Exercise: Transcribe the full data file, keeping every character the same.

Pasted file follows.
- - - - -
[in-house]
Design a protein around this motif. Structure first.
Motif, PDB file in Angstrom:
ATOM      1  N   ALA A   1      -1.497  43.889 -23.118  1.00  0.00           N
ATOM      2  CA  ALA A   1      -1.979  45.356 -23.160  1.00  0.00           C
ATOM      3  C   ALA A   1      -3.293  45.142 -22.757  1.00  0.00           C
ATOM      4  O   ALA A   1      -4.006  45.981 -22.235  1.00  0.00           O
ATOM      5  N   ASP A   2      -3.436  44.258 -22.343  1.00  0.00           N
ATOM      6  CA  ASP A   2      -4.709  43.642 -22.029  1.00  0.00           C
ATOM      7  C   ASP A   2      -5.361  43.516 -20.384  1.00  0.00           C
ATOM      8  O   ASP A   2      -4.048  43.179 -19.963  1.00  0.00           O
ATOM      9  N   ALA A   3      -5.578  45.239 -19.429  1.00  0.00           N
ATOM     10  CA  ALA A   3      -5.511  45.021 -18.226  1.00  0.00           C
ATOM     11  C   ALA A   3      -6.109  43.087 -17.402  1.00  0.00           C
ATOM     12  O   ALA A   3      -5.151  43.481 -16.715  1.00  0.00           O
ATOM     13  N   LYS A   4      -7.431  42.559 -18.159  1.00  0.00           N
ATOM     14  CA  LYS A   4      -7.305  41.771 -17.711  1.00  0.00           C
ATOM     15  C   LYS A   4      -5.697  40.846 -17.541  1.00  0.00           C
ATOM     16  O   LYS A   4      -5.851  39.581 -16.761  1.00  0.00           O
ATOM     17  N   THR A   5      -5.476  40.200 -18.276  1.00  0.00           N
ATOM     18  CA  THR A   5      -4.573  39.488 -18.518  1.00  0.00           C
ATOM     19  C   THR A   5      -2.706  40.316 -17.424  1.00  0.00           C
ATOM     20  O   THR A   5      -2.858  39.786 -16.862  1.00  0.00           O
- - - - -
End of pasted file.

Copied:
[in-house]
Design a protein around this motif. Structure first.
Motif, PDB file in Angstrom:
ATOM      1  N   ALA A   1      -1.497  43.889 -23.118  1.00  0.00           N
ATOM      2  CA  ALA A   1      -1.979  45.356 -23.160  1.00  0.00           C
ATOM      3  C   ALA A   1      -3.293  45.142 -22.757  1.00  0.00           C
ATOM      4  O   ALA A   1      -4.006  45.981 -22.235  1.00  0.00           O
ATOM      5  N   ASP A   2      -3.436  44.258 -22.343  1.00  0.00           N
ATOM      6  CA  ASP A   2      -4.709  43.642 -22.029  1.00  0.00           C
ATOM      7  C   ASP A   2      -5.361  43.516 -20.384  1.00  0.00           C
ATOM      8  O   ASP A   2      -4.048  43.179 -19.963  1.00  0.00           O
ATOM      9  N   ALA A   3      -5.578  45.239 -19.429  1.00  0.00           N
ATOM     10  CA  ALA A   3      -5.511  45.021 -18.226  1.00  0.00           C
ATOM     11  C   ALA A   3      -6.109  43.087 -17.402  1.00  0.00           C
ATOM     12  O   ALA A   3      -5.151  43.481 -16.715  1.00  0.00           O
ATOM     13  N   LYS A   4      -7.431  42.559 -18.159  1.00  0.00           N
ATOM     14  CA  LYS A   4      -7.305  41.771 -17.711  1.00  0.00           C
ATOM     15  C   LYS A   4      -5.697  40.846 -17.541  1.00  0.00           C
ATOM     16  O   LYS A   4      -5.851  39.581 -16.761  1.00  0.00           O
ATOM     17  N   THR A   5      -5.476  40.200 -18.276  1.00  0.00           N
ATOM     18  CA  THR A   5      -4.573  39.488 -18.518  1.00  0.00           C
ATOM     19  C   THR A   5      -2.706  40.316 -17.424  1.00  0.00           C
ATOM     20  O   THR A   5      -2.858  39.786 -16.862  1.00  0.00           O